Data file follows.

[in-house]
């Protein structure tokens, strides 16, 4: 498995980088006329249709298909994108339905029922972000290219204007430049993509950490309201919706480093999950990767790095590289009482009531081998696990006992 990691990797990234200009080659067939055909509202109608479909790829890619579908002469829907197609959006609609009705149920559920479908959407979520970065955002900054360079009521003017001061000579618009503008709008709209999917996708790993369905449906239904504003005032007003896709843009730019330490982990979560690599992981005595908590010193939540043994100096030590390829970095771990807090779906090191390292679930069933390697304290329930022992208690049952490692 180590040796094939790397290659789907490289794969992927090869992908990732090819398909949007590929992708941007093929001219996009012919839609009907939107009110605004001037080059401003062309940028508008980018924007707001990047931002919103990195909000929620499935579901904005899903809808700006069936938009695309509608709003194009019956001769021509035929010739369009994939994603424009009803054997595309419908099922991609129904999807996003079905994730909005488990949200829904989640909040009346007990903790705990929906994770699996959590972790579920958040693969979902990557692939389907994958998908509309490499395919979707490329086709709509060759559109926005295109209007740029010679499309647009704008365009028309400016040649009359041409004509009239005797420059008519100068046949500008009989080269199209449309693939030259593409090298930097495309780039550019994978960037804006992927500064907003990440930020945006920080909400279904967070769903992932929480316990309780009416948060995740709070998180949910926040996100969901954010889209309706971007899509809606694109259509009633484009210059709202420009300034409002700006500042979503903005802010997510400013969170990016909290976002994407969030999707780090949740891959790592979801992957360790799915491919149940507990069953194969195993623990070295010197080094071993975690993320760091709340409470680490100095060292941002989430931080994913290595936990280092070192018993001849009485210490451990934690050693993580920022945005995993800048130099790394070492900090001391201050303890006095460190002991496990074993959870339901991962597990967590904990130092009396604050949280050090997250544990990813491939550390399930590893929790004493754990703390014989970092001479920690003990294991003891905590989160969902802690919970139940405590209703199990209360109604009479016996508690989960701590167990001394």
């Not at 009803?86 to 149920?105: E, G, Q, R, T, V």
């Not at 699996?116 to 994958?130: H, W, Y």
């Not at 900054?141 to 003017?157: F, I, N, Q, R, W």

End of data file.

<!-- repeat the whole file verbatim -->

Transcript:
[in-house]
């Protein structure tokens, strides 16, 4: 498995980088006329249709298909994108339905029922972000290219204007430049993509950490309201919706480093999950990767790095590289009482009531081998696990006992 990691990797990234200009080659067939055909509202109608479909790829890619579908002469829907197609959006609609009705149920559920479908959407979520970065955002900054360079009521003017001061000579618009503008709008709209999917996708790993369905449906239904504003005032007003896709843009730019330490982990979560690599992981005595908590010193939540043994100096030590390829970095771990807090779906090191390292679930069933390697304290329930022992208690049952490692 180590040796094939790397290659789907490289794969992927090869992908990732090819398909949007590929992708941007093929001219996009012919839609009907939107009110605004001037080059401003062309940028508008980018924007707001990047931002919103990195909000929620499935579901904005899903809808700006069936938009695309509608709003194009019956001769021509035929010739369009994939994603424009009803054997595309419908099922991609129904999807996003079905994730909005488990949200829904989640909040009346007990903790705990929906994770699996959590972790579920958040693969979902990557692939389907994958998908509309490499395919979707490329086709709509060759559109926005295109209007740029010679499309647009704008365009028309400016040649009359041409004509009239005797420059008519100068046949500008009989080269199209449309693939030259593409090298930097495309780039550019994978960037804006992927500064907003990440930020945006920080909400279904967070769903992932929480316990309780009416948060995740709070998180949910926040996100969901954010889209309706971007899509809606694109259509009633484009210059709202420009300034409002700006500042979503903005802010997510400013969170990016909290976002994407969030999707780090949740891959790592979801992957360790799915491919149940507990069953194969195993623990070295010197080094071993975690993320760091709340409470680490100095060292941002989430931080994913290595936990280092070192018993001849009485210490451990934690050693993580920022945005995993800048130099790394070492900090001391201050303890006095460190002991496990074993959870339901991962597990967590904990130092009396604050949280050090997250544990990813491939550390399930590893929790004493754990703390014989970092001479920690003990294991003891905590989160969902802690919970139940405590209703199990209360109604009479016996508690989960701590167990001394």
């Not at 009803?86 to 149920?105: E, G, Q, R, T, V």
């Not at 699996?116 to 994958?130: H, W, Y």
């Not at 900054?141 to 003017?157: F, I, N, Q, R, W």